In “Read Better,” her 2007 essay in the Guardian, Zadie Smith writes, “I have said that when I open a book I feel the shape of another human being’s brain.” The shape of Zadie Smith’s own brain feels marvelous, as lovely and winding as the cover of her new collection, Changing My Mind, which I cannot wait to get my hands on.
More Books We’d Send Roses and Chocolates To
- The Thing Around Your Neck by Chimamanda Ngozi Adichie
- Await Your Reply by Dan Chaon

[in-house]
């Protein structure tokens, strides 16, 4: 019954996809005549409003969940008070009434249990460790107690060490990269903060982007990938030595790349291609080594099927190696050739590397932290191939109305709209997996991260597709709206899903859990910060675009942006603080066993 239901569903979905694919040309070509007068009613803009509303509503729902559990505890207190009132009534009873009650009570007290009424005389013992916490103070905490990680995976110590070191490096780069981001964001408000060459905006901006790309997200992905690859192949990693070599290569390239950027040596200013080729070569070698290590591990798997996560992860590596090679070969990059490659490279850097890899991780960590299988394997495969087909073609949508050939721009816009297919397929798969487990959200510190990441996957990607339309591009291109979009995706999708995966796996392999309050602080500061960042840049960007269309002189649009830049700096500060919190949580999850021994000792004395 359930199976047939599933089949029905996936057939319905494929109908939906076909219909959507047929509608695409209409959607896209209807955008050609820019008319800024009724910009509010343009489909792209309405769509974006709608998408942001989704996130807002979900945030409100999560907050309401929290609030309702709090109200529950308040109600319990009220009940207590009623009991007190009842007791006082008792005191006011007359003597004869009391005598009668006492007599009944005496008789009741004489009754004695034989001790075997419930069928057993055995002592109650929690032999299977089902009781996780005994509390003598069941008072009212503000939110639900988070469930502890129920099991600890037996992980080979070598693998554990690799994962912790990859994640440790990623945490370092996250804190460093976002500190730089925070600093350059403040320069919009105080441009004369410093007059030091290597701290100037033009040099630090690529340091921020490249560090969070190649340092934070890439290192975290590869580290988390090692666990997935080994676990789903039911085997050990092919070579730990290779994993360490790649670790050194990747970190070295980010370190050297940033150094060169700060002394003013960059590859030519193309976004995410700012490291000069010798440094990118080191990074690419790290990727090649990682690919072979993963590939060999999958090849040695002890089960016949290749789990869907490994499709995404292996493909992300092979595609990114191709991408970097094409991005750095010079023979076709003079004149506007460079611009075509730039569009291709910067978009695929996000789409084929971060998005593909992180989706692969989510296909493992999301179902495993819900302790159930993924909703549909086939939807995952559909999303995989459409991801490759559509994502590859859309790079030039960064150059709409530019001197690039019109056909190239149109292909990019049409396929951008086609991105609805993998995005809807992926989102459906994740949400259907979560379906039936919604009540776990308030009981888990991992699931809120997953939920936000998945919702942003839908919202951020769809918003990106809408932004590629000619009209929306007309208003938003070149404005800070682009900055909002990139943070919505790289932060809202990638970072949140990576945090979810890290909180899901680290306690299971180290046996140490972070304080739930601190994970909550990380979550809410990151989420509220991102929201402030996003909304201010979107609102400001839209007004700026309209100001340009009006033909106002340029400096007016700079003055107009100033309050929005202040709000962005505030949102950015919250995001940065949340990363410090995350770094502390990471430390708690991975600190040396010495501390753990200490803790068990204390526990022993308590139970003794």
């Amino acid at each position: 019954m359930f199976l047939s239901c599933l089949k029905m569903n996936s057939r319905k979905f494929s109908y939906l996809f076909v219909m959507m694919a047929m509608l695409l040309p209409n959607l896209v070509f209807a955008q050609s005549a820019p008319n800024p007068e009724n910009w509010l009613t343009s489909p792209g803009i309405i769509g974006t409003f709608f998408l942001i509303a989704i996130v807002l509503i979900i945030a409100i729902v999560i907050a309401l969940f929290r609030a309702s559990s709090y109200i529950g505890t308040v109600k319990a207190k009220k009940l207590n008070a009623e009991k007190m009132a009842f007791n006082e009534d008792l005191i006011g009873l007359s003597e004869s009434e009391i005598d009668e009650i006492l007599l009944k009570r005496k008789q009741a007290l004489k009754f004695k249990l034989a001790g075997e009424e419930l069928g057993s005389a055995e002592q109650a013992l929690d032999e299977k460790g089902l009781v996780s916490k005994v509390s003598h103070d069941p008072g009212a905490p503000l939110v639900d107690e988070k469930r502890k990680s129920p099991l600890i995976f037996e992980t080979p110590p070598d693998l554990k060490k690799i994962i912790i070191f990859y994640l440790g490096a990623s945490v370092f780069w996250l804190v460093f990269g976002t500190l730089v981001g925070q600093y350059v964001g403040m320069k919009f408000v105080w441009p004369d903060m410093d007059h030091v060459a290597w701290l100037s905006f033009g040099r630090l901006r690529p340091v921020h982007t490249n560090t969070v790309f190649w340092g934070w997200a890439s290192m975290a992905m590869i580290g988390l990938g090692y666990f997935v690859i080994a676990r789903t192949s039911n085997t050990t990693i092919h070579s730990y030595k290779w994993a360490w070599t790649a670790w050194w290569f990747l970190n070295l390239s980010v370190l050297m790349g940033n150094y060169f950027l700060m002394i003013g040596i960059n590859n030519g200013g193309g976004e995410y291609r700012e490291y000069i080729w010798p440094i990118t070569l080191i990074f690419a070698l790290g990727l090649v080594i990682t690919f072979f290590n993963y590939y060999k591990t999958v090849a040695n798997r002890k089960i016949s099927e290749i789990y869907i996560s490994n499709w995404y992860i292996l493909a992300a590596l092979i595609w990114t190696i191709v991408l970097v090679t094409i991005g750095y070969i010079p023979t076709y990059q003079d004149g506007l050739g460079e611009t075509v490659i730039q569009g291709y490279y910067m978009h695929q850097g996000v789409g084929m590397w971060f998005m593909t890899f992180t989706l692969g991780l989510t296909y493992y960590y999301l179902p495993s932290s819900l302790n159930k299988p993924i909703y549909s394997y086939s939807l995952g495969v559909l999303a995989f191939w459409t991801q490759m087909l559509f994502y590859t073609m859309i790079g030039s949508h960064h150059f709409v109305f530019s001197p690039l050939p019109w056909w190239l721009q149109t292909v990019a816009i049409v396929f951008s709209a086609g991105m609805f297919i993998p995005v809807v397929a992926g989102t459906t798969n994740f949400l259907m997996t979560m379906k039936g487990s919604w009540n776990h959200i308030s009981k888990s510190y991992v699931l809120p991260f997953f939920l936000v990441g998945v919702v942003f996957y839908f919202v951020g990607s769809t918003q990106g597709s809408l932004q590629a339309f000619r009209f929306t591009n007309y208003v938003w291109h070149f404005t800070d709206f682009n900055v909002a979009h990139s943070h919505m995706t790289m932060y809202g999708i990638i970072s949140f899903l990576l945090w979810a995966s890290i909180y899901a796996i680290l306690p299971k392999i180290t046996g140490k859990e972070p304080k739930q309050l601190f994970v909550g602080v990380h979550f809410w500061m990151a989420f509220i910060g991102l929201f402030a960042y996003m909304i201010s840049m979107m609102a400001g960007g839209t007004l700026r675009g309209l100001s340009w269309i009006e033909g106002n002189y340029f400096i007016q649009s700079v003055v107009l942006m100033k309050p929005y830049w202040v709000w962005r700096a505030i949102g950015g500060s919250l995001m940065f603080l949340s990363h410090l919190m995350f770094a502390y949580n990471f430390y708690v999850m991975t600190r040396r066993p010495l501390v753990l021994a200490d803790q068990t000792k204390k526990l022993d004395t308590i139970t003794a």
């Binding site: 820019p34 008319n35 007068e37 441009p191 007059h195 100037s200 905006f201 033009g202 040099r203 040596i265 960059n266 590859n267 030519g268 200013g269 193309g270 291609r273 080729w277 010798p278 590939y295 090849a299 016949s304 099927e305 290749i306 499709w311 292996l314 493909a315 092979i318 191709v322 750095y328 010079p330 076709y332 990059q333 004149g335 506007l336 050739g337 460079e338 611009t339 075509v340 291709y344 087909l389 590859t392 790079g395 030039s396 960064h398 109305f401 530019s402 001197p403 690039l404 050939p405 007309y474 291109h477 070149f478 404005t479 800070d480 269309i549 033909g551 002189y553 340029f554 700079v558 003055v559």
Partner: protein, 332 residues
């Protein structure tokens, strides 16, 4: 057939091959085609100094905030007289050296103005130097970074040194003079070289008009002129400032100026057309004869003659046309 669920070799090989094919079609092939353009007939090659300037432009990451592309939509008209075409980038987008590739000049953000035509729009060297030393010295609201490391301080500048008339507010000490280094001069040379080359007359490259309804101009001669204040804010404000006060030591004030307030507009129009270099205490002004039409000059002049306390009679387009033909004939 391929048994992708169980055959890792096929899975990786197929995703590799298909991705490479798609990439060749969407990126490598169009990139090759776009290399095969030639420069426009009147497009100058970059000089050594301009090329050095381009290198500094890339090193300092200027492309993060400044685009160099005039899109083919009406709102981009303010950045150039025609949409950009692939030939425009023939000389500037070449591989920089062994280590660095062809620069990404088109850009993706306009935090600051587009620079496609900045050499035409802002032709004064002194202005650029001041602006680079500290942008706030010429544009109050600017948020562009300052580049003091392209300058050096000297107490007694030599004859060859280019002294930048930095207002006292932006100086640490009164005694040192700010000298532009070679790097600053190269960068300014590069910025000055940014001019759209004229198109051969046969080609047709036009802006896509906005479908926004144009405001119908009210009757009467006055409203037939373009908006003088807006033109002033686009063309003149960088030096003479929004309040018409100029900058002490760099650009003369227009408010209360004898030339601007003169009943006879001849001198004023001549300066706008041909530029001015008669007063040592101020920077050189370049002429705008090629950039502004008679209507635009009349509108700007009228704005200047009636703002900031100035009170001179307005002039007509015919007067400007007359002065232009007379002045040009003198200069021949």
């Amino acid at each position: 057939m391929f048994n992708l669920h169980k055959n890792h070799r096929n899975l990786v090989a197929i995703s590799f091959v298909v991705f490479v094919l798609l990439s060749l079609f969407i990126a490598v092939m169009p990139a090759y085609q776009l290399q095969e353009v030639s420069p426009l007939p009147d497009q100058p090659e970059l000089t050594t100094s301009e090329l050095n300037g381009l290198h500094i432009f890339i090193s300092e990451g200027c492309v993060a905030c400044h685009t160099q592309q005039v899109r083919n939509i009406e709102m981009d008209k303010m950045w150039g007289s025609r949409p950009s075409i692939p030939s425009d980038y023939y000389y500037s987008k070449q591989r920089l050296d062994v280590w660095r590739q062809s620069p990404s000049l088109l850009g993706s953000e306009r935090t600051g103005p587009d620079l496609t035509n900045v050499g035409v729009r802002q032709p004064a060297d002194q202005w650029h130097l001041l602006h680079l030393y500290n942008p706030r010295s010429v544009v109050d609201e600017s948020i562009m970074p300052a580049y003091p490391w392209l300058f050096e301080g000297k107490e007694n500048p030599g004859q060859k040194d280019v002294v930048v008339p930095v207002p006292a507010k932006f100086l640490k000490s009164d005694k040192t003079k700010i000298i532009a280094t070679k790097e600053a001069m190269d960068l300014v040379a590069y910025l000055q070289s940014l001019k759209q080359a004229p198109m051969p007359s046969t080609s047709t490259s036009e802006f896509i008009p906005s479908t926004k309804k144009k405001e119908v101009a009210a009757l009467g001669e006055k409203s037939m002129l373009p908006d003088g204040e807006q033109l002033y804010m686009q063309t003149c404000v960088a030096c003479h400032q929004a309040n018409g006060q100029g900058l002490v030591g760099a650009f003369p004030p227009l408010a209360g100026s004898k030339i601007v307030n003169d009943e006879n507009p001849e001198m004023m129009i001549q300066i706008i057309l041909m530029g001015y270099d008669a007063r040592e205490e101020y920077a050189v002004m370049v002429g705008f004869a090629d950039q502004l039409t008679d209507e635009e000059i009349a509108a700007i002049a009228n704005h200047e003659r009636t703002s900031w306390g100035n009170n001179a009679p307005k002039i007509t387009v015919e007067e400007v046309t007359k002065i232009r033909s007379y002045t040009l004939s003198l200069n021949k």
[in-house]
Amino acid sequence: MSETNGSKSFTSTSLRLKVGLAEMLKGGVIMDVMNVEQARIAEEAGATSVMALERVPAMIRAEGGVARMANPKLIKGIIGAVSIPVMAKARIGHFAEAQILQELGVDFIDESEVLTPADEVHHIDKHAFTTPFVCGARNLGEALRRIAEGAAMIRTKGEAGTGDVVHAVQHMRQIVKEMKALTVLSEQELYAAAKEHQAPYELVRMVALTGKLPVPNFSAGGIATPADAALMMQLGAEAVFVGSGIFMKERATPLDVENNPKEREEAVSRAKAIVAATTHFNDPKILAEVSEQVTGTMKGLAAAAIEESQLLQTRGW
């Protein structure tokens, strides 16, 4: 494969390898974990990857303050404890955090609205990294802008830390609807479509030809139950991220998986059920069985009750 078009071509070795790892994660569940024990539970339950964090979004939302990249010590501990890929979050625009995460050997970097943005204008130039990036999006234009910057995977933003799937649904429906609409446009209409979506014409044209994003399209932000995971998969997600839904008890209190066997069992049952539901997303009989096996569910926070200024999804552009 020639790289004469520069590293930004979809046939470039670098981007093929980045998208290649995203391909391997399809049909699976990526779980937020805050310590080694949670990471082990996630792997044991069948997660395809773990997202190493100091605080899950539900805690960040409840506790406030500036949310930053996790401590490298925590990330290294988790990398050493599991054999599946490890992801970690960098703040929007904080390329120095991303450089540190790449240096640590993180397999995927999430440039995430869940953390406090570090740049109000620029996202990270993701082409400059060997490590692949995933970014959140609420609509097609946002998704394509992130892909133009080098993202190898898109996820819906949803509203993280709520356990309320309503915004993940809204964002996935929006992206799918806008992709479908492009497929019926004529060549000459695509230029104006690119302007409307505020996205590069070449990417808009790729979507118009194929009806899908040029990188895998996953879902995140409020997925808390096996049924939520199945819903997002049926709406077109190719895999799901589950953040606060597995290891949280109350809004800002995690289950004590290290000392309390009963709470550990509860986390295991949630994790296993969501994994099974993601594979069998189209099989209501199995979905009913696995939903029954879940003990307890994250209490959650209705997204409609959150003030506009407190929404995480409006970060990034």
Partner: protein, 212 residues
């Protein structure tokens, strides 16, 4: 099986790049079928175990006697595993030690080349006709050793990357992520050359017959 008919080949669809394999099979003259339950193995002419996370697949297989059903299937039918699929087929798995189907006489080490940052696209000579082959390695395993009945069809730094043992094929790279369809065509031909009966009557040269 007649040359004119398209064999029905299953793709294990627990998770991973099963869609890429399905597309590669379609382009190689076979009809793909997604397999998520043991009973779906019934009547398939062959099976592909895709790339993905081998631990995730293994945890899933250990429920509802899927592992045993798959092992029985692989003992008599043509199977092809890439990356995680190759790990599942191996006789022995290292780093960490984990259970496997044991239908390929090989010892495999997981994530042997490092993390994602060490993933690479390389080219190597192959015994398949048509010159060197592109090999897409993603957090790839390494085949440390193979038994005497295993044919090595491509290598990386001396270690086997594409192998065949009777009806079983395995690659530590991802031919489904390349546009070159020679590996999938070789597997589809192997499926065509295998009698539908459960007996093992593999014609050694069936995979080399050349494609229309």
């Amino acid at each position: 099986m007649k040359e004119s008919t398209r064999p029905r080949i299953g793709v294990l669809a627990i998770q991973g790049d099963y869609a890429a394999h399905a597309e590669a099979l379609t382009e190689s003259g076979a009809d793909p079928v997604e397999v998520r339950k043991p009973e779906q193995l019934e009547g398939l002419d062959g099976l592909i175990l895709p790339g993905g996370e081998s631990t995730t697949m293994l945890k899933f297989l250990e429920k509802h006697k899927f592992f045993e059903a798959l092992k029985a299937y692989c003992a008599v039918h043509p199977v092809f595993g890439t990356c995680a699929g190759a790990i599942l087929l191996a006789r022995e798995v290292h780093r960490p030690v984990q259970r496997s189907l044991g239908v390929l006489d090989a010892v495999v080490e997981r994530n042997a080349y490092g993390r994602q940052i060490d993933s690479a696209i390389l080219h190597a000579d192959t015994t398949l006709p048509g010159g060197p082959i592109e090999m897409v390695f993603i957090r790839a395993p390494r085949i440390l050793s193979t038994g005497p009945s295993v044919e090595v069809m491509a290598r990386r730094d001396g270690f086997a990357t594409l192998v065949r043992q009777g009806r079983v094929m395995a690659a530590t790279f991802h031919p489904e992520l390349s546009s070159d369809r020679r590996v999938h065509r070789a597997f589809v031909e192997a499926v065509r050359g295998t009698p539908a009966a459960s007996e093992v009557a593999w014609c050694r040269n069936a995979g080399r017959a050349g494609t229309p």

- The Spare Room by Helen Garner
- Lowboy by John Wray
- How to Leave Hialeah by Jennine Capó Crucet
- Eating Animals by Jonathan Safran Foer
- Let the Great World Spin by Colum McCann
- Marielitos, Balseros and Other Exiles by Cecilia Rodríguez Milanés
- Beautiful Creatures by Kami Garcia and Margaret Stohl
- The Year of the Flood by Margaret Atwood
- The Magicians by Lev Grossman
Many thanks to Associate Editor Jeremiah Chamberlin for helping both to compile results and to create this feature.
And for a list of categories so awesome it needed a post of its own, check out Brian Bartels’s own Valentine to 2009’s books on the FWR blog.